Head to Head


Garry Kasparov

Garry Kasparov

  • Born:
    Apr 13, 1963 (Age 55) Baku, Azerbaijan
  • FIDE Title:
  • FIDE ID:
  • Federation:
  • Peak Rating:
    2851 (July 1999)
  • Rating:
    2812 (May 2018)
  • Rank:
    3 (May 2018)

Many people’s choice as the strongest chess player of all time, Garry Kasparov was number one on the rating list for over twenty years and held the World Championship title for fifteen. As well as using a dynamic tactical style and deep preparation to dominate on the board he also dominated the public perception of chess, with his victories against Anatoly Karpov seeming to symbolise the new era of glasnost and perestroika in the Soviet Union. After retiring from chess in 2005 he became one of the leaders of the opposition to the Putin regime in Russia.

Kasparov was born Garik Kimovich Weinstein but adopted a Russified version of his Armenian mother’s surname Gasparyan after his father died when he was seven. From the age of ten he trained at Mikhail Botvinnik’s school and the scale of his talent soon became evident. He won the Soviet Junior Championship in 1976 and 1977 and as a 15-year-old was the youngest ever qualifier for the adult championship a year later. Kasparov’s triumph in the 1979 Banja Luka tournament in Yugoslavia saw him shoot up to number 15 on the January 1980 rating list, and he won the World Junior Championship later that year.

When Kasparov qualified for the Candidates Matches the 19-year-old was already rated no. 2 in the world, and after convincingly winning matches against Alexander Beliavsky (6-3), Viktor Korchnoi (7-4) and Vasily Smyslov (8.5-4.5) he topped the rating list. His 1984 World Championship match against Anatoly Karpov represented an altogether different challenge, however, and nine games in he was facing a humiliating defeat after four losses. Kasparov then dug in with a sequence of 17 draws, but when he lost the next game it seemed inevitable Karpov would score the sixth win he required to win the match. Instead when the match was controversially abandoned 21 games later Kasparov had scored three wins.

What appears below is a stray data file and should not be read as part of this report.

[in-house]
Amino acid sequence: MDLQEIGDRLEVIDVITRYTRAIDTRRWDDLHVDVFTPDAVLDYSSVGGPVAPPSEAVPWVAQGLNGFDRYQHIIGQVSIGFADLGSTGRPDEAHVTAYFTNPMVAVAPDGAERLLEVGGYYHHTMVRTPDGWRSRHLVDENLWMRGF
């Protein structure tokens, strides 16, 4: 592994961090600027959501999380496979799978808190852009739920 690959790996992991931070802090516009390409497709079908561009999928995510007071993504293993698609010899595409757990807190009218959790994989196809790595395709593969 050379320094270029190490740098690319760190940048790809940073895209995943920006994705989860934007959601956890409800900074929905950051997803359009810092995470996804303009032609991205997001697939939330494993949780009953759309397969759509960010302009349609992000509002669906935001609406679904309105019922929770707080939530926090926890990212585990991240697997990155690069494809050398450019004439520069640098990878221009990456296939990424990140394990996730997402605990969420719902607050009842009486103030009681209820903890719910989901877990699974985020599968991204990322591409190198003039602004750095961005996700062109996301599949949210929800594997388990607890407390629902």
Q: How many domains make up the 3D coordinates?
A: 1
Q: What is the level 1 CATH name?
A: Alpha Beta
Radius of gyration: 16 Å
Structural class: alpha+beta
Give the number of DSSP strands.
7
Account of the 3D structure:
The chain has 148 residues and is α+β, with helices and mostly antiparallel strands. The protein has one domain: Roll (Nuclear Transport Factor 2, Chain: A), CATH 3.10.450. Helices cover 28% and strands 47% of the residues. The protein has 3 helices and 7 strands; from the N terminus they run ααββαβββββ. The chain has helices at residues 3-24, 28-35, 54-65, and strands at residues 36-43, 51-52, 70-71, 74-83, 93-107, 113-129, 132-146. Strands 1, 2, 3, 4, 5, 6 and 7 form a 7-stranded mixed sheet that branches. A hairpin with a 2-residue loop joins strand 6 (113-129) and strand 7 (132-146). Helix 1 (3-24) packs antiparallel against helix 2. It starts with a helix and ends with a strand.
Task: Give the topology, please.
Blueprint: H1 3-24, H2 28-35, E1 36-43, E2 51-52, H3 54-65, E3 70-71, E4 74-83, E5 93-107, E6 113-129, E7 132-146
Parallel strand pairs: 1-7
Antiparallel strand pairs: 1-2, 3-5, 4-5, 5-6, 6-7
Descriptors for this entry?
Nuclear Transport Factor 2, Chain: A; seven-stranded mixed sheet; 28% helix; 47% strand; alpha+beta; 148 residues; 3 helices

Kasparov won the rematch a year later to become the youngest ever World Champion at 22, and held on to the title in another three closely fought matches against Karpov in 1986 (12.5-11.5), 1987 (12-12) and 1990 (12.5-11.5). England’s Nigel Short surprisingly beat Karpov in the next cycle, which was to have fateful consequences for world chess. Short and Kasparov were unhappy with decisions taken by the World Chess Federation and set up a rival Professional Chess Association for their match. Although Kasparov eventually scored an easy 12.5-7.5 victory he later regretted their decision, as it ushered in 13 years of split titles.

Kasparov defended his title once more against Viswanathan Anand in 1995, winning 10.5-7.5 after his opponent collapsed to lose four out of five games despite being the first to score a win after eight draws. Vladimir Kramnik had worked as Kasparov’s second for that match, which Kasparov may have regretted when he ultimately lost the title to his fellow Russian in 2000. Kramnik managed to stifle his opponent’s aggressive intentions to the extent that Kasparov failed to win a game, the first time that had happened to a reigning champion since Emanuel Lasker’s match against Capablanca in 1921.